Artur Gachinski and Evgeni Plushenko of Russia finished head to head in the Men’s short program while other contenders stumbled and tumbled at the 2012 European Figure Skating Championships in Sheffield, Great Britain, on Thursday. Tomas Verner of the Czech Republic is currently ranked third.
Gachinski turned in a strong performance to St. Louis Blues, reeling off the only quad-triple toe combination of the day, a somewhat scratchy triple Axel, and a strong triple loop. The World bronze medalist also scored well with the non-jump elements, receiving a level four for two spins and the circular footwork. This meant a new season’s and personal best score with 84.80 points for the 18-year-old from St. Petersburg.
“I think this was my best ever skate so far,” said Gachinski. “I did all the jumps, the spins, and the footwork as I had planned. I basically expected such a performance as I was ready for the short program.”
“Right now I feel only that I am the leader in the short program,” he added. “The free skating is still to come and everything can change.”
As always, he was asked how it is to compete against Plushenko.
“This is a great honor for me, because I always was looking up to him and I still do,” said Gachinski. “It was very nice to compete in this event with him and to fight for the medals,” Gachinski answered.
It was also the first time for him to beat his idol Plushenko in at least a segment of a competition. As his world ranking is low after not competing for almost two years, Plushenko skated in the earlier half and drew starting number four. He had a seven am practice.
After aggravating his knee injury in practice on Wednesday, the 29-year-old veteran had to do without his sharpest weapon, the quad toe. He went for a triple Lutz-triple toe combination, a big triple Axel, and a triple loop in his routine to Storm by Yanni. Overall, Plushenko was a bit slow but his jumps were of excellent quality and his spins and footwork merited a level three.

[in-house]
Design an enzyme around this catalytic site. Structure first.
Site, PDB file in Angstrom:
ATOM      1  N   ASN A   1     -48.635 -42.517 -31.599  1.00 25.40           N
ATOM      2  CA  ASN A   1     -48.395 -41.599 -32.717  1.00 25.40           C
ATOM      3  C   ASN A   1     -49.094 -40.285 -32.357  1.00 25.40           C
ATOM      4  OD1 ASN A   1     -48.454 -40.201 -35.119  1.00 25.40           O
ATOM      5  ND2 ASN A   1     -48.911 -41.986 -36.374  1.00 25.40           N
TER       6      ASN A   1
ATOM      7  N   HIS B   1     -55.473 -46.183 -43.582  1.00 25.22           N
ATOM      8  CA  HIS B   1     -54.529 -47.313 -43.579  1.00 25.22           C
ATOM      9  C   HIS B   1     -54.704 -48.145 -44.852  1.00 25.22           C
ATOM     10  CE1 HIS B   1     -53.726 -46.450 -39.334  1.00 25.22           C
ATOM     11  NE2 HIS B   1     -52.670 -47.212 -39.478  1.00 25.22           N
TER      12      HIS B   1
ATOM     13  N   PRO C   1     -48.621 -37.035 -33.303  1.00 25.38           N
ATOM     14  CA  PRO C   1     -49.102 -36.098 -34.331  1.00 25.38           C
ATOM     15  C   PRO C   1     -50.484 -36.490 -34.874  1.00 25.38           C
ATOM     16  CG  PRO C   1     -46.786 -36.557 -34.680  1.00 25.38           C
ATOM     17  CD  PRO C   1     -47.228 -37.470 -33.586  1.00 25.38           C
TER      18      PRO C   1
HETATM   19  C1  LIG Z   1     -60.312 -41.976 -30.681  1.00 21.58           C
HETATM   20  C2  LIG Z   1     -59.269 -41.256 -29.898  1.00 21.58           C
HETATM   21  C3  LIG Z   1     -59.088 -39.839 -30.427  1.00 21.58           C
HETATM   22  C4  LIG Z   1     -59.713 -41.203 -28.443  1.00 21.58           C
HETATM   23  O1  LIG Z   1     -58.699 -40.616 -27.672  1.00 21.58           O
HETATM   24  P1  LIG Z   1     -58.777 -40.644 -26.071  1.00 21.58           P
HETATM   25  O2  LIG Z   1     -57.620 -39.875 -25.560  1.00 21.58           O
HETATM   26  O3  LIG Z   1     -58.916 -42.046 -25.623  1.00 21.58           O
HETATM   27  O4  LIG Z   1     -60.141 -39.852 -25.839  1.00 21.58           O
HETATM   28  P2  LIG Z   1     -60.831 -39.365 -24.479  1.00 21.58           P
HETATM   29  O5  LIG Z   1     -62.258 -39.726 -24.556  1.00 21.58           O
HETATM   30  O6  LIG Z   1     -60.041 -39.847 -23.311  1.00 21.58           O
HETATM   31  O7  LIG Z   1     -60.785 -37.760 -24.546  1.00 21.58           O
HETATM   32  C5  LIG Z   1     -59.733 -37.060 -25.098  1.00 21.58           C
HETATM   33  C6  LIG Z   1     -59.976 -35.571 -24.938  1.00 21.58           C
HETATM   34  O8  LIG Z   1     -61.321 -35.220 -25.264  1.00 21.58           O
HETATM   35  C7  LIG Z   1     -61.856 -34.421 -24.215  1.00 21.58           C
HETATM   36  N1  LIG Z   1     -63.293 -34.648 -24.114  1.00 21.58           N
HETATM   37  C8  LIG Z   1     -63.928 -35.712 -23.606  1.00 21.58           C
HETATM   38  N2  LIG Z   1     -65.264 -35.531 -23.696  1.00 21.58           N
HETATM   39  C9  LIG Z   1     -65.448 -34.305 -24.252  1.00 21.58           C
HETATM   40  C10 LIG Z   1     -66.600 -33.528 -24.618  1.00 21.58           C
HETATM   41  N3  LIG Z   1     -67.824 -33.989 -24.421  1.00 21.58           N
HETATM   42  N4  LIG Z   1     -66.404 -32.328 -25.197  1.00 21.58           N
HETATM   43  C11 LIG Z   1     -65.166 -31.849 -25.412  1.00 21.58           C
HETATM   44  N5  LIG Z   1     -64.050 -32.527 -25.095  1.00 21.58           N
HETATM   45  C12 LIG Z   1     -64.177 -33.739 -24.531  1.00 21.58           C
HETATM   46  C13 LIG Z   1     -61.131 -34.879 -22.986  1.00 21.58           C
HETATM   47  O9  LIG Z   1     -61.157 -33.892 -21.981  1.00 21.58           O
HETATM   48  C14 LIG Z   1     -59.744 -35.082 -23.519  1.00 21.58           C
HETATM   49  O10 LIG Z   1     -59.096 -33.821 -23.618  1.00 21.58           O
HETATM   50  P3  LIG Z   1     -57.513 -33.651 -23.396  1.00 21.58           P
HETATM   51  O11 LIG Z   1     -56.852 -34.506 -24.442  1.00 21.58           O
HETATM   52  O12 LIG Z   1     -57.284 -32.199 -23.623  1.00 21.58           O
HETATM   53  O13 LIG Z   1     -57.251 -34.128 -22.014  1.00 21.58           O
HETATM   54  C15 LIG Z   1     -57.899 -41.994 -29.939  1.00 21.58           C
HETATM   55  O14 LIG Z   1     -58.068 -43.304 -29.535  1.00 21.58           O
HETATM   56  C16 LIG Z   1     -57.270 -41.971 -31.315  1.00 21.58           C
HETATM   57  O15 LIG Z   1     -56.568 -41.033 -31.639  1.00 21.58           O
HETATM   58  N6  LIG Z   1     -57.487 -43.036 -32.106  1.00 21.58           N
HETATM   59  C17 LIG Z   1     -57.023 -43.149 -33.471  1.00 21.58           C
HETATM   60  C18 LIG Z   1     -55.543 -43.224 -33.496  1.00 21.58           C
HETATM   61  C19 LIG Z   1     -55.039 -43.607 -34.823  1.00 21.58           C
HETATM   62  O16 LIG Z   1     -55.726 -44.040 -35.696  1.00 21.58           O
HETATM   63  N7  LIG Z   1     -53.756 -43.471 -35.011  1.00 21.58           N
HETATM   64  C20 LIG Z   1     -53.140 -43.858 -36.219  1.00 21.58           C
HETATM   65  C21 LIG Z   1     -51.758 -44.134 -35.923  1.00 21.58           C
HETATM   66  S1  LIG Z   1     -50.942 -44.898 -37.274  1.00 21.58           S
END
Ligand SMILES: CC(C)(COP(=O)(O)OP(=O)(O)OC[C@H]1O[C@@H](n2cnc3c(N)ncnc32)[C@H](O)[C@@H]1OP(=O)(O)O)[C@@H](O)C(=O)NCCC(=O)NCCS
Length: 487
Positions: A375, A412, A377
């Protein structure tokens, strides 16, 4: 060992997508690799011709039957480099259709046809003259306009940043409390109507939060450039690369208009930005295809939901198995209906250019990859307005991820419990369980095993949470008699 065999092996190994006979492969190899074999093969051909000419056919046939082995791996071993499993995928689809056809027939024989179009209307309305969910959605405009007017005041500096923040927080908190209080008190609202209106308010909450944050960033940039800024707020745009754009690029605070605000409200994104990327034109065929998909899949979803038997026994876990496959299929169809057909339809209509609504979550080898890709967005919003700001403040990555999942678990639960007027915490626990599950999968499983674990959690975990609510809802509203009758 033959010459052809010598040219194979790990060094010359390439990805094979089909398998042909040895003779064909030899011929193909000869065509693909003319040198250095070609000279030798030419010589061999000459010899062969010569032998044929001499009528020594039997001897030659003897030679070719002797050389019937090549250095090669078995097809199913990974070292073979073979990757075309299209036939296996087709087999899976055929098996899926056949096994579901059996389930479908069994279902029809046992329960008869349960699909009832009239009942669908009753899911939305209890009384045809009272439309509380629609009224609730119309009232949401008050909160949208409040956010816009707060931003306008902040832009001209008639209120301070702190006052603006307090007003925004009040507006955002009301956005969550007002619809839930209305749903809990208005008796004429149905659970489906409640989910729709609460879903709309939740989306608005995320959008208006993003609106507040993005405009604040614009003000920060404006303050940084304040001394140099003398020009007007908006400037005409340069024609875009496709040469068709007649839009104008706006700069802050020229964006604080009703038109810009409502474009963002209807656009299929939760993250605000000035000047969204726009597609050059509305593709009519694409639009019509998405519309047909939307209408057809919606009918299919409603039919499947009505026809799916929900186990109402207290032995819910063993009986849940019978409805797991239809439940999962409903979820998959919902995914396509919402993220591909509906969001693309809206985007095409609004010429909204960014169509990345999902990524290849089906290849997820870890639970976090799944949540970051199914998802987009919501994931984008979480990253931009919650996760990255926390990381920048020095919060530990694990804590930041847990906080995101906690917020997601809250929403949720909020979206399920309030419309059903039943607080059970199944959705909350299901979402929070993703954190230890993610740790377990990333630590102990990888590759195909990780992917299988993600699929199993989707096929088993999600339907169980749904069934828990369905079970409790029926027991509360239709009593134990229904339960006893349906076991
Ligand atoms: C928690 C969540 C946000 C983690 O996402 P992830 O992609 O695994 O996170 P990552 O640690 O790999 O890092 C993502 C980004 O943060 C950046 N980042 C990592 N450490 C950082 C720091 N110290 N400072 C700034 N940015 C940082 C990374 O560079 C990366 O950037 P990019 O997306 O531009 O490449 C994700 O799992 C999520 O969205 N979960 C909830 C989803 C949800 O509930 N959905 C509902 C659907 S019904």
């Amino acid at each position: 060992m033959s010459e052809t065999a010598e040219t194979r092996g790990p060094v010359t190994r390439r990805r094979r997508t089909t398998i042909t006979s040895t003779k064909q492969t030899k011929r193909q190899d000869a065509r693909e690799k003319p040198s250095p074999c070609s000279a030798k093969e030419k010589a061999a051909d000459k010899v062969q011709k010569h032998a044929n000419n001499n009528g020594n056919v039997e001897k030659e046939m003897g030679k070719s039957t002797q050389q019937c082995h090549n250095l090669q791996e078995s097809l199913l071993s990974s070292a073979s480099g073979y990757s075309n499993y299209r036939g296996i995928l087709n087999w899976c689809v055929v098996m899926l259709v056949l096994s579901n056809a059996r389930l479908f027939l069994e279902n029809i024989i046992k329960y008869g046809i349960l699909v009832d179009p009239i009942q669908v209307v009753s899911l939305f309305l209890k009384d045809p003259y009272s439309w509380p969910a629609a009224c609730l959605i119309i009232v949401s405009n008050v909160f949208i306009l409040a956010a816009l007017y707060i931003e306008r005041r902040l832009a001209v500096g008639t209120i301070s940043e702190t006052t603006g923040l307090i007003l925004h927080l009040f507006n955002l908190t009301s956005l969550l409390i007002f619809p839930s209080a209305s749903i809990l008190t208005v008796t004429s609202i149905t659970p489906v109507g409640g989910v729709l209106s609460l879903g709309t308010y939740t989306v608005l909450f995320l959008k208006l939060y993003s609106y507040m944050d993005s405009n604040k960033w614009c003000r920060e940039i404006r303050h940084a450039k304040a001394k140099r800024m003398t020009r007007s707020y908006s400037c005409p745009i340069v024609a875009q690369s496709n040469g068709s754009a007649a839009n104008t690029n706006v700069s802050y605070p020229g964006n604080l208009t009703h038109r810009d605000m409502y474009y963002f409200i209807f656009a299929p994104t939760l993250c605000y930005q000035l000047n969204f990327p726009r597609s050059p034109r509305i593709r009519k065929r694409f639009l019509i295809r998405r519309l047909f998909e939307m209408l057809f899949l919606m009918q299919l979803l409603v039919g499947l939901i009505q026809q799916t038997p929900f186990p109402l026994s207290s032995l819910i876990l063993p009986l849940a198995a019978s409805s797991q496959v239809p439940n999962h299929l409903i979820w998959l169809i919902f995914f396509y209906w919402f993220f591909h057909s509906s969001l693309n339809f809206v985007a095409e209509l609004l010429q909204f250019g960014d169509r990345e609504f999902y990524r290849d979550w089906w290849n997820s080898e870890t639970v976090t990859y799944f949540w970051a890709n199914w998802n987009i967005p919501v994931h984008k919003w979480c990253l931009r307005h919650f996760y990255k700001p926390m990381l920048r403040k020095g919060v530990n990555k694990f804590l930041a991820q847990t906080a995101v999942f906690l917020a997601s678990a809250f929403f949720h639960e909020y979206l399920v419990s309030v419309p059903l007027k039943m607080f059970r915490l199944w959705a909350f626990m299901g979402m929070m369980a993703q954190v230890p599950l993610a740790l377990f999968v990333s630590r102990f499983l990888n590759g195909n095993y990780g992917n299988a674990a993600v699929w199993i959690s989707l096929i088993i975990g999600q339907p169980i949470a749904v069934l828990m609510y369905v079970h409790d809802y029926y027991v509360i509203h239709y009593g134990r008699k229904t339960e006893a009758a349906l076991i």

The three-time Olympic medalist scored 84.71 points.
“These Europeans are very tough for me as I have two injuries,” Plushenko explained. “Yesterday I aggravated my knee injury, and when I do the quad toe, I need three or four minutes to recover from the pain. Therefore, we decided not to do the quad today. It was either doing a program without the quad or not competing, and I want to finish this competition.”
“I am pleased with the performance considering the circumstances,” continued the the six-time European Champion said. “A program without a quad was like a trip into the past. Doing a program without a quad is not my level, but I can’t do it right now.”
Withdrawing from the competition is not an option for Plushenko.
“No, once you’ve entered the fight you cannot back out. I’ll withdraw only if I can’t get out of bed,” he announced.
Verner risked the quad toe, but badly two-footed it. He came back to land a triple Axel and a triple Lutz-triple toe and posted a season’s best of 81.14 for his Carmina Burana program.
“It was a disappointing opening to the program,” the 2008 European Champion noted. “I knew when I missed the quad. I’ve been struggling with the triple Axel in practice, so I felt I didn’t have anything to look forward to, but then it was better.”
Verner achieved his first goal to make it into the last warm up group. He has had a tough start to the season.
“In the summer I slipped a disc in my lower spine and had two months off at the beginning of the season – two months of a lot of pain,” the 25-year-old explained. “It was desperate. Then at New Year I pulled the bands in my left knee, so it has not been the best start to the season. I think I am now at 80 percent fitness, but you will rarely find an athlete at full fitness.”